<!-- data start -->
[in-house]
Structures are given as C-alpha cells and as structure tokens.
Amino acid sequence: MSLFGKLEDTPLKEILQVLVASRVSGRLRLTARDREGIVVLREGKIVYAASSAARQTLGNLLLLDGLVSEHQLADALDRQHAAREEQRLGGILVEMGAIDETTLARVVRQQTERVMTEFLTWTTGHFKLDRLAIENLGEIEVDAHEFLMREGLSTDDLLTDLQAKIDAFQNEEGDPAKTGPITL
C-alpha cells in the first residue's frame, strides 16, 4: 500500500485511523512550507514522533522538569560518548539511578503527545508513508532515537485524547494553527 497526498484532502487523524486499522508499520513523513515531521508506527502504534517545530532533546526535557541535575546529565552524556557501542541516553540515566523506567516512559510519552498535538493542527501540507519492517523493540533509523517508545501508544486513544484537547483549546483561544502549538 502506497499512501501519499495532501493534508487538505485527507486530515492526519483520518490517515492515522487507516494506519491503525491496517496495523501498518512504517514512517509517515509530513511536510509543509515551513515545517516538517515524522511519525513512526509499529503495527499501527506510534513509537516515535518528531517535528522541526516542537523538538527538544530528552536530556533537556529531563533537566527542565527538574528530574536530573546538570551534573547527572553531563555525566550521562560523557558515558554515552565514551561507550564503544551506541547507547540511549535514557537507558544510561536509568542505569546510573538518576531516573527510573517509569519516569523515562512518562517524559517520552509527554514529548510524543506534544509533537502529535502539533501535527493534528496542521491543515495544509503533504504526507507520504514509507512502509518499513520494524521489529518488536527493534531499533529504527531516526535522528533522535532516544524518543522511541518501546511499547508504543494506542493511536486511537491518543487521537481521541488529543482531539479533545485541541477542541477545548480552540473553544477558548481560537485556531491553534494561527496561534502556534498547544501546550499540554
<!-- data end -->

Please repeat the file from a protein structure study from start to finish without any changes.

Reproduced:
[in-house]
Structures are given as C-alpha cells and as structure tokens.
Amino acid sequence: MSLFGKLEDTPLKEILQVLVASRVSGRLRLTARDREGIVVLREGKIVYAASSAARQTLGNLLLLDGLVSEHQLADALDRQHAAREEQRLGGILVEMGAIDETTLARVVRQQTERVMTEFLTWTTGHFKLDRLAIENLGEIEVDAHEFLMREGLSTDDLLTDLQAKIDAFQNEEGDPAKTGPITL
C-alpha cells in the first residue's frame, strides 16, 4: 500500500485511523512550507514522533522538569560518548539511578503527545508513508532515537485524547494553527 497526498484532502487523524486499522508499520513523513515531521508506527502504534517545530532533546526535557541535575546529565552524556557501542541516553540515566523506567516512559510519552498535538493542527501540507519492517523493540533509523517508545501508544486513544484537547483549546483561544502549538 502506497499512501501519499495532501493534508487538505485527507486530515492526519483520518490517515492515522487507516494506519491503525491496517496495523501498518512504517514512517509517515509530513511536510509543509515551513515545517516538517515524522511519525513512526509499529503495527499501527506510534513509537516515535518528531517535528522541526516542537523538538527538544530528552536530556533537556529531563533537566527542565527538574528530574536530573546538570551534573547527572553531563555525566550521562560523557558515558554515552565514551561507550564503544551506541547507547540511549535514557537507558544510561536509568542505569546510573538518576531516573527510573517509569519516569523515562512518562517524559517520552509527554514529548510524543506534544509533537502529535502539533501535527493534528496542521491543515495544509503533504504526507507520504514509507512502509518499513520494524521489529518488536527493534531499533529504527531516526535522528533522535532516544524518543522511541518501546511499547508504543494506542493511536486511537491518543487521537481521541488529543482531539479533545485541541477542541477545548480552540473553544477558548481560537485556531491553534494561527496561534502556534498547544501546550499540554